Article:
Trump did alert one key ally two days ahead of the announcement: Israeli Prime Minister Benjamin Netanyahu. In a phone call with Trump on Monday, and a subsequent conversation with Pompeo on Tuesday, the US leaders assured him the Americans had "other ways of expressing their influence in the area," according to a statement from Netanyahu's office.
In a closed-door lunch with Senate Republicans, lawmakers gave Vice President Mike Pence an "earful" about the decision, according to Corker.
Speaking afterward, Corker said he felt badly for the vice president, who was acting as an emissary to angry lawmakers.
"He had talking points," Corker said. "There's no way he could really defend. He did what a loyal soldier would do."
Trump's top ally in the Senate, Sen. Lindsay Graham, was firmer.
"I want you to tell the President directly that this is a huge mistake," he said he told Pence. "You are putting in motion ISIS getting a foothold again. They are not defeated."
Pence addressed the issue by saying Trump "made a commitment to get out of foreign entanglements," Graham said. But the vice president himself ignored reporters' questions on the matter, instead staring ahead blankly as he departed.
It was an astonishing level of pushback from Republicans who, time and again, have avoided overt criticism of their party's leader. It reflected deep unease among national security experts and advisers about the decision to abruptly withdraw troops from Syria without consulting members of Congress or gathering consensus among the administration's national security team.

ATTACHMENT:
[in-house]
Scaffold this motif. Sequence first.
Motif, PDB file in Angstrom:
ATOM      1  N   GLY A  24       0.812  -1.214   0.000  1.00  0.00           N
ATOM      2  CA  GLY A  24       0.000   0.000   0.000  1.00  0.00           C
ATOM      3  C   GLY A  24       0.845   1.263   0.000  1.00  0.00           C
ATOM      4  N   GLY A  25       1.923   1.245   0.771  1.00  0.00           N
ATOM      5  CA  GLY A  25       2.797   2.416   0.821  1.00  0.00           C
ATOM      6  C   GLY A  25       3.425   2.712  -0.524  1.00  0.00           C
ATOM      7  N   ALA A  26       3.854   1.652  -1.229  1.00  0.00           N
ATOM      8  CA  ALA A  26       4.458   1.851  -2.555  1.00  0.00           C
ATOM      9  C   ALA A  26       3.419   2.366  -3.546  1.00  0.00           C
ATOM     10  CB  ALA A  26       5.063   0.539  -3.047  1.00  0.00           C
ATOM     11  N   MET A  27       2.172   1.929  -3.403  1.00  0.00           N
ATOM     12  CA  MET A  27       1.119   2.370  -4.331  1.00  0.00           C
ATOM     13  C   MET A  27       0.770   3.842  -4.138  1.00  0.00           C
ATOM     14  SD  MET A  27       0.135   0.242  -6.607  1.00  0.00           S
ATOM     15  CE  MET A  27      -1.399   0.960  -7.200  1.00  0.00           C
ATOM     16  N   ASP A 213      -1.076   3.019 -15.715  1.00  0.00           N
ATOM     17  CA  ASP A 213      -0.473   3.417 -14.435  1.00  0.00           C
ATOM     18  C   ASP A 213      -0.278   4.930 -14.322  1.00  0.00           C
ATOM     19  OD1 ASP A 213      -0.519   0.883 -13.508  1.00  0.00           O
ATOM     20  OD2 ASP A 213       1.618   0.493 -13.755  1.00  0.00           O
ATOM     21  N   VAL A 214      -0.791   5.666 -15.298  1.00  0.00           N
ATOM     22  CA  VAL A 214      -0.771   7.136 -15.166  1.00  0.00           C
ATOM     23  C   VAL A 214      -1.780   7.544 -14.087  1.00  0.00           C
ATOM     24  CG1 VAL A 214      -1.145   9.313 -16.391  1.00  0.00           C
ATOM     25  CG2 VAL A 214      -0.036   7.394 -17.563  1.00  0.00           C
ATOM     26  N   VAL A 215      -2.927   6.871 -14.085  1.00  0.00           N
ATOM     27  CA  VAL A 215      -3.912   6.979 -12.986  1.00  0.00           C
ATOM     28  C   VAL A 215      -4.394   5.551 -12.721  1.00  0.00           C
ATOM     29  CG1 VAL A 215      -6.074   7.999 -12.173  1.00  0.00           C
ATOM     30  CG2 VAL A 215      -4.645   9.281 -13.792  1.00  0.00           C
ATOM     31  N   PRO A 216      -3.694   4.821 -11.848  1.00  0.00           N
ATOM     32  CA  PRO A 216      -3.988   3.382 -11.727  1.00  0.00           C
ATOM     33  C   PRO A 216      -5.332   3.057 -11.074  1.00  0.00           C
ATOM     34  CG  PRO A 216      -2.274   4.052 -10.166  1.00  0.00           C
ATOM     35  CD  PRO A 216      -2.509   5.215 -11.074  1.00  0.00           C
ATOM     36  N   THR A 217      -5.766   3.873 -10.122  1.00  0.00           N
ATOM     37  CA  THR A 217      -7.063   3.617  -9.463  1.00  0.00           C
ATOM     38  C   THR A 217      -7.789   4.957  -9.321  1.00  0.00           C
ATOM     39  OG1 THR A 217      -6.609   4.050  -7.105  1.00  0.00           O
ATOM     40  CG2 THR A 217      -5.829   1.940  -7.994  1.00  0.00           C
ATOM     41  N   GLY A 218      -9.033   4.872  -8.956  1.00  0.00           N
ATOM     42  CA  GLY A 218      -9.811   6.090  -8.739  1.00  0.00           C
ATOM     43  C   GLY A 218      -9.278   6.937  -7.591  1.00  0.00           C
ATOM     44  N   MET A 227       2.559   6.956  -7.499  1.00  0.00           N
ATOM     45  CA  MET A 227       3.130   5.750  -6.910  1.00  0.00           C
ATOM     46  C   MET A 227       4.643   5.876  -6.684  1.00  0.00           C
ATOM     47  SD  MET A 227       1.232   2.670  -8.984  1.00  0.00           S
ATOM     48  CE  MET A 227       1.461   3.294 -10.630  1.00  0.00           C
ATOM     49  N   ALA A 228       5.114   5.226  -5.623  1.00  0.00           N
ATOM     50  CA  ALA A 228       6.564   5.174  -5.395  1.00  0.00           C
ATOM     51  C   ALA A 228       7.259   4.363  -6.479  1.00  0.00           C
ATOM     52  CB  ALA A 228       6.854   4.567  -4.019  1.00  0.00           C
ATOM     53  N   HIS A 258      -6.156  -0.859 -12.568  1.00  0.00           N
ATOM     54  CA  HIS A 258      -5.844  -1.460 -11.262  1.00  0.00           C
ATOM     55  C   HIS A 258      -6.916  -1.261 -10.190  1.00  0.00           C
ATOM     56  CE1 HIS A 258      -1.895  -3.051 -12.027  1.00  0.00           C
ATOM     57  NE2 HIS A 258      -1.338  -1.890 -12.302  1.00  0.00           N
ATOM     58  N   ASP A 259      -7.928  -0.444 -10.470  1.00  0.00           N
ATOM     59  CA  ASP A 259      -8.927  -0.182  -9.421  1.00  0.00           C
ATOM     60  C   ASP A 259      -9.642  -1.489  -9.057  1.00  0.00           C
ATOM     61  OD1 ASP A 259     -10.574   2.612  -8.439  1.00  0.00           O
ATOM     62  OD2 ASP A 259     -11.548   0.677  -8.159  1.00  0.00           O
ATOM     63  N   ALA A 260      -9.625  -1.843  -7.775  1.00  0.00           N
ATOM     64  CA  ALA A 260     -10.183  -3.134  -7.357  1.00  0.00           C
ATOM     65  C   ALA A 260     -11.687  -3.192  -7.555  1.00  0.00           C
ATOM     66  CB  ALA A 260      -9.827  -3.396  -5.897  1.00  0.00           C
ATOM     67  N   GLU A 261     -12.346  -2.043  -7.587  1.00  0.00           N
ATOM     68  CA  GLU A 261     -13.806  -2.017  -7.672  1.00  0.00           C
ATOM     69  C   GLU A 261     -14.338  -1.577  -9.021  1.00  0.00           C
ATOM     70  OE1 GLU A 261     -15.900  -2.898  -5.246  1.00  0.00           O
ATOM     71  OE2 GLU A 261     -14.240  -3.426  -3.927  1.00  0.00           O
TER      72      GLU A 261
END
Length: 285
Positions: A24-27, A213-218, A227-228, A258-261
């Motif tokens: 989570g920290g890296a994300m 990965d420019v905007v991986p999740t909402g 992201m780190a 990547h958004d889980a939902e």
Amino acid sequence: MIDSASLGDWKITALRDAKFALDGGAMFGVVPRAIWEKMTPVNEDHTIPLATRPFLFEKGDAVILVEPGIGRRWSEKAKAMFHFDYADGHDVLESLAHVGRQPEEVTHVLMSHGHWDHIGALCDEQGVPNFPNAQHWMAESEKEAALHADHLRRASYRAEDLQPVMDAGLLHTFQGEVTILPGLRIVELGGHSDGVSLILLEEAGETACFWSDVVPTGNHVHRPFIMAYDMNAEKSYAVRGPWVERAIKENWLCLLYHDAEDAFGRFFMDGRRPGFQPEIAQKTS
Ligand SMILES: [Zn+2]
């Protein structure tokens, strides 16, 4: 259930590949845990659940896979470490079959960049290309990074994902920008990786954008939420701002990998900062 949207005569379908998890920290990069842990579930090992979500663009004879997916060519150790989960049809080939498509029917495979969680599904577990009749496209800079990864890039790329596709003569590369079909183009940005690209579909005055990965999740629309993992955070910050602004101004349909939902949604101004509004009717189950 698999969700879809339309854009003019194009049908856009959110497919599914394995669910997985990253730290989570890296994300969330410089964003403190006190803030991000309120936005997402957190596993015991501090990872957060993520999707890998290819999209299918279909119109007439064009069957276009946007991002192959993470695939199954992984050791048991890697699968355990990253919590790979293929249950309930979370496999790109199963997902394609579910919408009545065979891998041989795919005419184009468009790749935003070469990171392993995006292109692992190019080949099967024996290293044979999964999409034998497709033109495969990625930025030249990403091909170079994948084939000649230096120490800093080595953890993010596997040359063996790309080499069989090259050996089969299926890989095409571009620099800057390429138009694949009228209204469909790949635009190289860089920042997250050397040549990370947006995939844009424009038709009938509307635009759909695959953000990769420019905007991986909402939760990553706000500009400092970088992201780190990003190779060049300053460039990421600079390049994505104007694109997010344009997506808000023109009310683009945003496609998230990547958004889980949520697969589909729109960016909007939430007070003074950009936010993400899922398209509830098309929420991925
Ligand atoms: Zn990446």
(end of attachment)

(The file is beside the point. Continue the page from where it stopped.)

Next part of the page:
It was Trump's decision
An administration official briefing reporters on Wednesday insisted anyone caught off guard by the decision hasn't been paying attention. But the official did not dispute that some of the President's top advisers were opposed to the withdrawal.
"The President's statements on this topic have been 100% consistent from the campaign through his announcement today, so I think the notion that anyone within the administration was caught unaware, I would challenge that, quite frankly," the official said. "It was the President's decision to make and he made it."